Mine had spread to lymph, hip, spine and ribs. 

There is much debate about the accuracy and value of the PSA blood test. 

Since my diagnosis it has been made available to men over fifty upon request to their GP but there is still much resistance to providing it. 

Charities and even football clubs like Burnley FC have staged free testing events but the NHS is still reticent to do them. 

I perhaps found a reason for this when a Prostate Cancer clinical review paper came into my possession. It read as follows:

‘Epidemiologic evidence indicates that the most effective way to reduce prostate cancer incidence is to decrease testing.’

Now I’m no epidemiologist but if I, as a copper had decided to reduce crime by staying in the station and not feeling any collars, I think it wouldn’t have gone down too well with the public. 

We used to call lazy police officers “The Olympic torch”- because like the Olympic torch, they never went out- but that’s another story. 

I am being flippant, and I understand that the PSA test can be unreliable at lower levels and that further investigation might be damaging and unnecessary worrying for some men, but in my seven years of treatment and trials it was the most accurate barometer of treatment success and the suppression or growth of tumours that my oncologists had.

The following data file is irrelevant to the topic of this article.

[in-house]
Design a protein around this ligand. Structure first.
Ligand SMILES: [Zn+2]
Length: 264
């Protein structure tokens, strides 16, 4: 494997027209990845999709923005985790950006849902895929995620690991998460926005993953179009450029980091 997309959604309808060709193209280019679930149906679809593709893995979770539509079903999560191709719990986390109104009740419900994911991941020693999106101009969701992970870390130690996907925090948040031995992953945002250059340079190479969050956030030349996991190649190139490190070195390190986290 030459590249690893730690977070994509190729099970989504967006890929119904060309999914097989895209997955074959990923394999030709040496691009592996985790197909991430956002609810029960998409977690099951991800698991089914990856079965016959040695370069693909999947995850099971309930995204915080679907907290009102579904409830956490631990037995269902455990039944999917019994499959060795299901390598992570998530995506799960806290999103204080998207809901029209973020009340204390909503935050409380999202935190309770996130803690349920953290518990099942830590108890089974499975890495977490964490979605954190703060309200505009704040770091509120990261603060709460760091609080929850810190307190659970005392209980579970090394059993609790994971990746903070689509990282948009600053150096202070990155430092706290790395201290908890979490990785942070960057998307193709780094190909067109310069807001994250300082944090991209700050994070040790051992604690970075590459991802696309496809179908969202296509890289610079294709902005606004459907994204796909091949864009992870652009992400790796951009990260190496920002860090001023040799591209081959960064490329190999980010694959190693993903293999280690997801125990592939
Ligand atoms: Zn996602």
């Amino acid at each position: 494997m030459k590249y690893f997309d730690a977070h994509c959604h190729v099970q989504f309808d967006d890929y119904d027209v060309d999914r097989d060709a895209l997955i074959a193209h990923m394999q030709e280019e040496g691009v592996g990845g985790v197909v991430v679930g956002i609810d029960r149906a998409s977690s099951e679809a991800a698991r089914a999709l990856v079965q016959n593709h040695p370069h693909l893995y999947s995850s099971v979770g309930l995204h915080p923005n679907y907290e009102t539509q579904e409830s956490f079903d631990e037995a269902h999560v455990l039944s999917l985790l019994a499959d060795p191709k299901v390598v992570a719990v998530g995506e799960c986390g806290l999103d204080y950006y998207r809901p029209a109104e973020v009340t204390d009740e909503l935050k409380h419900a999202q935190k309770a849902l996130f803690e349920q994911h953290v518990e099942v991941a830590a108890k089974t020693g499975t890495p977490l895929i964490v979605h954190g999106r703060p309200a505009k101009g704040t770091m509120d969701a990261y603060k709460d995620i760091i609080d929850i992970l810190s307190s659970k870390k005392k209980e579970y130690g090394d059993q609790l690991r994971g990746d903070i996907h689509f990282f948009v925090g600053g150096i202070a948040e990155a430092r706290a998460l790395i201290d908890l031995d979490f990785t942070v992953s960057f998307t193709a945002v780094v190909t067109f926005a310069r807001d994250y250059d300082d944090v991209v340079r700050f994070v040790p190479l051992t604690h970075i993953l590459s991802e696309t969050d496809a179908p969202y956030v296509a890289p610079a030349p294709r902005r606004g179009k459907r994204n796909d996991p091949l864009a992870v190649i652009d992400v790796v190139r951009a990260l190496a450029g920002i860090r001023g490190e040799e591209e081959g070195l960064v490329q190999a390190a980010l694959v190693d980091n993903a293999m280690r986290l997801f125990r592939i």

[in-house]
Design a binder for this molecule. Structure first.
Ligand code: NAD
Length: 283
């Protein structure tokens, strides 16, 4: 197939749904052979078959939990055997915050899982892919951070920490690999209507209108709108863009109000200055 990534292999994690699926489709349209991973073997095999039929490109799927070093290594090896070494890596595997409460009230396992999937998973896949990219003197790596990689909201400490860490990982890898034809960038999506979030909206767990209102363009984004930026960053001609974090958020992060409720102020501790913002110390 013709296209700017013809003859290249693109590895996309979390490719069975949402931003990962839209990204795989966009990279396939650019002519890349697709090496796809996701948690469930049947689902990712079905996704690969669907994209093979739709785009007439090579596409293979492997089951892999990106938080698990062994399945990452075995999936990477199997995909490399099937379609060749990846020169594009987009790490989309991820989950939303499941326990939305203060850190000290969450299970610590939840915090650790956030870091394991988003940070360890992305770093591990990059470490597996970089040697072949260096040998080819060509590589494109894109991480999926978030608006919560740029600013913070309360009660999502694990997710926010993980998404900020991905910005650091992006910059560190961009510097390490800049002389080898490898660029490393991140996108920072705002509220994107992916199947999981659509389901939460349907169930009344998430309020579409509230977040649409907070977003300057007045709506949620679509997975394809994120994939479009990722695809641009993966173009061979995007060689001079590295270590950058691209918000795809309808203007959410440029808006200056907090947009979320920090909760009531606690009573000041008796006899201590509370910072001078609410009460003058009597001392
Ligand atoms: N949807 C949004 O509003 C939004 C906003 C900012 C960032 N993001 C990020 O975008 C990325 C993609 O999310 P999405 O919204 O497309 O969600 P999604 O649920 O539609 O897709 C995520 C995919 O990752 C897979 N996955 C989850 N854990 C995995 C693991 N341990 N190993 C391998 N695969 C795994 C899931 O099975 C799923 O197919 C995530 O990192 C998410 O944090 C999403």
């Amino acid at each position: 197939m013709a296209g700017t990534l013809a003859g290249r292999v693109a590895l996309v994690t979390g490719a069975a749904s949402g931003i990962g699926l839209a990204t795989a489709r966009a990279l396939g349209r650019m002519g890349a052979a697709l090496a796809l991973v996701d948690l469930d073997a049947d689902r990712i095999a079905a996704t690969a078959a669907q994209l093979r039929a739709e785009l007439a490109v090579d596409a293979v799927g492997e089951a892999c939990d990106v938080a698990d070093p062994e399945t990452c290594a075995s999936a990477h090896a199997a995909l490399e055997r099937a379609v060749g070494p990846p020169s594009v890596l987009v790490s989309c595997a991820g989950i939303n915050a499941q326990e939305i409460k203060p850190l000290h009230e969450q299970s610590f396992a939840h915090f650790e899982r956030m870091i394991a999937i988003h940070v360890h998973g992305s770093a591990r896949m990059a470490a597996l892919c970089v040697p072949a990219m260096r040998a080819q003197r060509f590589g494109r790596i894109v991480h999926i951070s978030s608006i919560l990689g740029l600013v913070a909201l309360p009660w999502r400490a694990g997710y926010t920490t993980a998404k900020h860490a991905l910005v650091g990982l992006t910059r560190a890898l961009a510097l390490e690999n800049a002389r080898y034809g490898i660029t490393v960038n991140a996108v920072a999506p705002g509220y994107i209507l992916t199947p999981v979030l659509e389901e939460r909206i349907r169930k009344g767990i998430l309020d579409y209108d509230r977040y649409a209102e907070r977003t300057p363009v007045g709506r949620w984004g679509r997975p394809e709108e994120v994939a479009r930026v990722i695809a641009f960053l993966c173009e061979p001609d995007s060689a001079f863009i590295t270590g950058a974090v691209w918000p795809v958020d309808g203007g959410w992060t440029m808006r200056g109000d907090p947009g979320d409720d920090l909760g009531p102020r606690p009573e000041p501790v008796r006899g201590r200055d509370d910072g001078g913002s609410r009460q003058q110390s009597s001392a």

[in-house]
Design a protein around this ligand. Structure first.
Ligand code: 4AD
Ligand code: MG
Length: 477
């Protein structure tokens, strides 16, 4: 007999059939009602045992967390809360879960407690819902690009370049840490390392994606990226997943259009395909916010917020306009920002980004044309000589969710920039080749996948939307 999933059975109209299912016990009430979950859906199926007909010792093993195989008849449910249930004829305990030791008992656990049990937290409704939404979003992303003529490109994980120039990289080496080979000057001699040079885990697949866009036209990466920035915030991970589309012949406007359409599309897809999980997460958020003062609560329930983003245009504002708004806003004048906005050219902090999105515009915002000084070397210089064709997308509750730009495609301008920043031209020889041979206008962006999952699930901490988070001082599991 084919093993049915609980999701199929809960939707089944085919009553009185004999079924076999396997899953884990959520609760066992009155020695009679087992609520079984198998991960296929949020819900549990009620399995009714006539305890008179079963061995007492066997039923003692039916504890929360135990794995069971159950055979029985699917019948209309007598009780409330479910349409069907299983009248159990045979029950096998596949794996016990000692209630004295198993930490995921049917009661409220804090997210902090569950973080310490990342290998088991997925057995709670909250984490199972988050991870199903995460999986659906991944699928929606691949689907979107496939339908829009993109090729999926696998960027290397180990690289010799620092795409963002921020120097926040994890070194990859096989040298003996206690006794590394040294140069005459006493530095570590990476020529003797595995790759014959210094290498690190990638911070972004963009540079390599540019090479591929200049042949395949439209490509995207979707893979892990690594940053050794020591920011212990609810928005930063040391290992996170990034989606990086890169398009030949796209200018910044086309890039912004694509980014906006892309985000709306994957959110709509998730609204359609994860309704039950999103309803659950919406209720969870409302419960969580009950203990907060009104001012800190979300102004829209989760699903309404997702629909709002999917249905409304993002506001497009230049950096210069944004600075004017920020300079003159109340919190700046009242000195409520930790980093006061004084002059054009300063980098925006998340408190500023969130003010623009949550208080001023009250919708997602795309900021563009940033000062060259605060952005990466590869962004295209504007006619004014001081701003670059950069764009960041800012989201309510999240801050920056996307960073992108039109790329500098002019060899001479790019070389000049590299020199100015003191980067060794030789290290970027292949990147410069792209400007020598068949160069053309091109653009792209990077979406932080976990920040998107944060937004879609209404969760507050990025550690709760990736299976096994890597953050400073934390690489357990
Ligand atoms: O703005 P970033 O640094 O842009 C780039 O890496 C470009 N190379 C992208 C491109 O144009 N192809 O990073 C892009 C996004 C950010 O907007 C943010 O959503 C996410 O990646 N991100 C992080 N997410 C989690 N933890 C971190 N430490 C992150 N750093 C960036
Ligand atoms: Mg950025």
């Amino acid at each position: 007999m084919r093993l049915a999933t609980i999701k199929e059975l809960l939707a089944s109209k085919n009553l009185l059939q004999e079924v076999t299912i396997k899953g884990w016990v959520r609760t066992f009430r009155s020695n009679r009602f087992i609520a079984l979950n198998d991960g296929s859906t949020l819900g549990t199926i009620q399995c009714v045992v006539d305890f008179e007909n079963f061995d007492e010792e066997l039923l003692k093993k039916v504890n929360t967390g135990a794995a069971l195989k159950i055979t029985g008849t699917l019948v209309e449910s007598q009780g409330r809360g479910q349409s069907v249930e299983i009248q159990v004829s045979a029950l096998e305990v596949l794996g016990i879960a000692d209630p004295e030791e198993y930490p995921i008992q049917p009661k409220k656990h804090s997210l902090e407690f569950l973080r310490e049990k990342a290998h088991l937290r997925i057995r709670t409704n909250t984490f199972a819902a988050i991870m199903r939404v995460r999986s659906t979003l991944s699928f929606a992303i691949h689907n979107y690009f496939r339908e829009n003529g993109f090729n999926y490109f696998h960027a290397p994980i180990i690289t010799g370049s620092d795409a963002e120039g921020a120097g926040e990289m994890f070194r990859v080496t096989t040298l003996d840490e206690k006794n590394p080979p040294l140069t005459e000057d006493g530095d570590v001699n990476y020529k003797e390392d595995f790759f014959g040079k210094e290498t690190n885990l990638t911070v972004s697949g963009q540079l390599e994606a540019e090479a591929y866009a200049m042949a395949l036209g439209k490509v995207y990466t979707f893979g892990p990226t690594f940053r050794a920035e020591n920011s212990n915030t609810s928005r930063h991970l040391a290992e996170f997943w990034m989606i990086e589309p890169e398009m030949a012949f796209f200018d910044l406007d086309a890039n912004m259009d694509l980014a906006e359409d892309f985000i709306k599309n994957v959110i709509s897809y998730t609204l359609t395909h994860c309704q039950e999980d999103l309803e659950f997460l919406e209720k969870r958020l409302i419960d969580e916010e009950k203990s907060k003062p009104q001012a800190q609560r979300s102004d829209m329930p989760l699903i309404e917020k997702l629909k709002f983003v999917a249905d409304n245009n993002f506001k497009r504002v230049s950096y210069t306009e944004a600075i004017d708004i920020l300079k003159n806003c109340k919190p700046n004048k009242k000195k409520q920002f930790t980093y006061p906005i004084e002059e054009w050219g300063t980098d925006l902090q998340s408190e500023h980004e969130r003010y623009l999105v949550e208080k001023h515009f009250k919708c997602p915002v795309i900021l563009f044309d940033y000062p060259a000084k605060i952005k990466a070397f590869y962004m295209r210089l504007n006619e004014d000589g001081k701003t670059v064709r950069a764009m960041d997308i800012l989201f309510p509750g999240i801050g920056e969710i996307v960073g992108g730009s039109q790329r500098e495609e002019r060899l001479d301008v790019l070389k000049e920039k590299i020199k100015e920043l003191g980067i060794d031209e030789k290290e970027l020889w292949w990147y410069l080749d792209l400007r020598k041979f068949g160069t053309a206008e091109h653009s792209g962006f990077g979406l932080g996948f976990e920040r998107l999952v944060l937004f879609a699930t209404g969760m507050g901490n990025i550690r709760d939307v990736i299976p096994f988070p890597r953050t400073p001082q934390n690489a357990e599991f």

I appeal to the NHS for easier access to testing for men – even routine testing- and notice that many prostate cancer diagnoses are now in men well under fifty. 

Prostate cancer is driven by the male hormone Testosterone. Once diagnosed by a biopsy of the prostate, a rather unpleasant but mercifully short procedure, hormone treatment begins to remove the Testosterone on which the cancer feeds. 

For a man, particularly a relatively young man, this can be devastating in itself. 

During an Immunotherapy trial I had to fill in a questionnaire every three weeks along with several blood tests. 

It asked me, on a scale of one to ten how much I felt like a man. 

My response varied considerably each time, as Testosterone and the medications used to suppress it are emasculating. I felt that even sex-offenders aren’t castrated in this manner and it felt particularly unfair.